Prague: An Overview and Travel Tips

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A Brief Overview of Prague

Prague, the city of a hundred spires, and the capital of the Czech Republic. With a fascinating history and some of the best and cheapest beer in Europe, Prague has become a must-see destination for anyone venturing through Central Europe.

Situated on the Vltava river, Prague is one of the better preserved medieval cities in Europe. Many of its buildings date back hundreds of years, and the city is steeped in history that dates from medieval times right up to the present. It boasts one of the best medieval castles anywhere in the world, and also an extremely well preserved Jewish Quarter with a fascinating and quite somber history.

While it’s definitely worth a visit to Prague, one thing you should note before you go is that it can be absolutely overrun with tourists, particularly in summer which is peak tourist season. If you’re checking out any of the main sites, expect it to be crowded, and expect to come across a variety of people in costumes trying to sell you tickets to shows or gimmicks. The number of tourists, and people trying to take advantage of tourists, definitely takes away from the charm of the city. But see Prague for yourself and make your own conclusion.

To make the most of your time in Prague, we’d recommend spending at least three nights. There is plenty to see and do during the day, and the nightlife is sure to keep you busy.

Top Tips and Things To Know

  • Avoid eating in the Old Town Square or Wenceslas Square. The restaurants tend to be touristy and overpriced.
  • Be on the lookout for scams, pickpockets, and overcharging taxi drivers. Always try and find out how much something should cost before you part with your money.
  • The Charles Bridge will be crowded whenever you go, but if you head there either really early in the morning or late at night, you might avoid some of the crowds.
  • Try the beer in Prague, most travellers consider it the best on the planet.
  • You can download an offline map of Prague on google maps before you go. Zoom to Prague, search ‘okmaps’, and then download the area you have selected.
  • Prague uses the Czech Koruna as its currency. Check the exchange rates before you go.

Where to stay in Prague

As one of the most visited cities in Europe, Prague has an abundance of hostels. The majority are located in the Prague 1 district, in either the old town or the new town. For the best experience here, we would recommend staying in the area between the new town and the old town. There are plenty of hostels and hotels around this area, as well as numerous restaurants and bars. You’ll also be within walking distance of the main sights in the old town, meaning you won’t have to worry too much about transport. If you’re travelling light, it’s a 15-20 minute walk from the main train station. If that seems like a bit much, a short taxi or tram ride will have you there in no time.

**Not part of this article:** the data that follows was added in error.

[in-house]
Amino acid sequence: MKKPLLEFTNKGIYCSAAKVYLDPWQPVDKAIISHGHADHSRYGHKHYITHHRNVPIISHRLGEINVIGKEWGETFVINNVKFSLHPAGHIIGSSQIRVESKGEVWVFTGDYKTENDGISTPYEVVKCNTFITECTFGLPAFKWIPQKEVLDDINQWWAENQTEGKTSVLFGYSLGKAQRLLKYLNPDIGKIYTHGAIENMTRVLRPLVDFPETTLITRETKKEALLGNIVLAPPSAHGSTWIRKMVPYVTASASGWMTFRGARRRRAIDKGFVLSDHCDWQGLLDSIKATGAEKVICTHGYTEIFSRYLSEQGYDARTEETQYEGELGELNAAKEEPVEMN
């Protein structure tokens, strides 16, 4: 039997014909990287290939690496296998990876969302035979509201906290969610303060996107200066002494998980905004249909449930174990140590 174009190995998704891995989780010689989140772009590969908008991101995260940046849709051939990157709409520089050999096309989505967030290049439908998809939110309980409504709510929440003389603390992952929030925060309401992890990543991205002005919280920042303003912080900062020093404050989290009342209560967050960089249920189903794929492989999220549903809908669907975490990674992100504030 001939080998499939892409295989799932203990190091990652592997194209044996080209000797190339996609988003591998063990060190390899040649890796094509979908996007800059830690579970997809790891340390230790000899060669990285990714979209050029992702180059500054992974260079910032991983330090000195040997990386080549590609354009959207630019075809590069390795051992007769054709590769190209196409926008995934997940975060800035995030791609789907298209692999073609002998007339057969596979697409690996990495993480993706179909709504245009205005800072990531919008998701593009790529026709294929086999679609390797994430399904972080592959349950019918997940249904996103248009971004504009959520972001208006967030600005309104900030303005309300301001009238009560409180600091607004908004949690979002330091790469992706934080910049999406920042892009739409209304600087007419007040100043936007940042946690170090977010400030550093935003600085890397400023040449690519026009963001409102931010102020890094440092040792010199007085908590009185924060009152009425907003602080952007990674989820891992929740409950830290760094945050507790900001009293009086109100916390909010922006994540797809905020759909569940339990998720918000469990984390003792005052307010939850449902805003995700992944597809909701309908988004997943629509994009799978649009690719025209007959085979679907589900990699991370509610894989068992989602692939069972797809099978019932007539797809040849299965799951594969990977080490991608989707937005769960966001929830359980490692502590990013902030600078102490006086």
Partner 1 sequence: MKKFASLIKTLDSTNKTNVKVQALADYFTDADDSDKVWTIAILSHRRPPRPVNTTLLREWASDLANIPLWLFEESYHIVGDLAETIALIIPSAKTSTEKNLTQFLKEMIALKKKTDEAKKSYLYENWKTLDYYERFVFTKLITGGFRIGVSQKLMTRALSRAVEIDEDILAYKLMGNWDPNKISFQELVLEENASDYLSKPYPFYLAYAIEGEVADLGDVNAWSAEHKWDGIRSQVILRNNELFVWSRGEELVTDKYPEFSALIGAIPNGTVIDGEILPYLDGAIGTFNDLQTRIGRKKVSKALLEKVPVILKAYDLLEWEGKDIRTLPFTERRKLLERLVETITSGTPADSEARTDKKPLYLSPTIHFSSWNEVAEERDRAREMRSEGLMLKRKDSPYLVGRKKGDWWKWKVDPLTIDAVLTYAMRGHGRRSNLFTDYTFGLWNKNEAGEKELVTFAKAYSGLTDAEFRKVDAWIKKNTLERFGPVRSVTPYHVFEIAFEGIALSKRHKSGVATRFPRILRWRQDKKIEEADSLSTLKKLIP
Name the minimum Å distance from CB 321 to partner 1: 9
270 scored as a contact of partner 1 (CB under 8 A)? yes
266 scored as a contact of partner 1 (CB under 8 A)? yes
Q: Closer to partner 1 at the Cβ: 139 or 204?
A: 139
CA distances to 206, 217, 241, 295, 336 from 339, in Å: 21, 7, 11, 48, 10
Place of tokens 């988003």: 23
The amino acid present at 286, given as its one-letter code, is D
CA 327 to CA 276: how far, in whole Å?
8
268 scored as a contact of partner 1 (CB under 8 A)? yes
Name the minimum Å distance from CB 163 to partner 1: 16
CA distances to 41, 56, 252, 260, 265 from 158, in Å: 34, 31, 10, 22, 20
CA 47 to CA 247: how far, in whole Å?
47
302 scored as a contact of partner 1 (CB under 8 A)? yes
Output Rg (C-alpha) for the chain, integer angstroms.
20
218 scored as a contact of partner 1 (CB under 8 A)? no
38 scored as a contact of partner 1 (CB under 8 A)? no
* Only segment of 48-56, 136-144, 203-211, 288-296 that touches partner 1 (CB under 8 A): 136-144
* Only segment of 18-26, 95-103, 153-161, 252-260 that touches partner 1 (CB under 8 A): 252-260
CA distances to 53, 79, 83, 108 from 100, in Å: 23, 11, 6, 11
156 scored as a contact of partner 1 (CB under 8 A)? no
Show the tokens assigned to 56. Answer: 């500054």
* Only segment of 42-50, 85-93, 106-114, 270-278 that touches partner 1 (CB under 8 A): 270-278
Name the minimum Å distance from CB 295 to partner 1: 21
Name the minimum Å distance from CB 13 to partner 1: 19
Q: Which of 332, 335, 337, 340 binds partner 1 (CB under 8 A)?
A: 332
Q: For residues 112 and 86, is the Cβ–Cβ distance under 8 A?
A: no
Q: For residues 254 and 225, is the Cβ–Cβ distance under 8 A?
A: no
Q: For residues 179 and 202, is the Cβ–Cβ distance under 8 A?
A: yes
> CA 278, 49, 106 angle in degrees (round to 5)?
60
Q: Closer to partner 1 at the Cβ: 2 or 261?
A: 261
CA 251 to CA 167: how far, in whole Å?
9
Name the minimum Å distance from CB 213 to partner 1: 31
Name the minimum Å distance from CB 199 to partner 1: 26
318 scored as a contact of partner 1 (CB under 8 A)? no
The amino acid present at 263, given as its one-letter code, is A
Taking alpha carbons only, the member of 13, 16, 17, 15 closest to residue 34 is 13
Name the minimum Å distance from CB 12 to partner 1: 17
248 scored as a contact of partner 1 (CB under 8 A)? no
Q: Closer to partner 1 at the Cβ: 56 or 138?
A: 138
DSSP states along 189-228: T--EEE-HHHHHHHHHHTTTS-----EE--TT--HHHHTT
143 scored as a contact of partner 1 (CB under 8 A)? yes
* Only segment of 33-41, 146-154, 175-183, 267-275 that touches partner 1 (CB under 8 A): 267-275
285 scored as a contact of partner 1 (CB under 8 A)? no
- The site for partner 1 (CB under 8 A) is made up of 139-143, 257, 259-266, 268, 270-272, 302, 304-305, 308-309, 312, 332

Getting Around Prague

The historical centre of Prague is quite compact, and if you are staying close by, the majority of the major sights and attractions will be within walking distance. Around half an hour of walking will get you to most places that you want to see. Therefore we encourage you to not be a lazy prick and stick to walking. But if you are a little fat and out of shape, there is public transport…

Public Transport:

Prague has good public transport system, which is made up of a metro, trams and buses. You can buy either a single fare, one day, or three day pass, depending on how much you’re going to use it. A single fare costs 32 CK, a day pass 110 CK, and a 3 day pass 310 CK.

You can buy tickets from metro stations, some tram stops, information centres, tobacconists and kiosks in the city. You need to validate your ticket as you get on the tram/bus/train – at metro stations the machines to stamp your ticket are generally at the entrance, and on buses and trams they are at the door as you board. A day pass just has to be validated once at the start of the day.

Although the transport system can be a bit overwhelming, to see the main sites in Prague you only really need to worry about the trams ; they’ll get you most places in the city you need to go. The number 22 tram is the most helpful, as it’ll take you out to Prague castle, on the other side of the river.

If you would like more information on public transport in Prague, checkout the My Czech Republic website.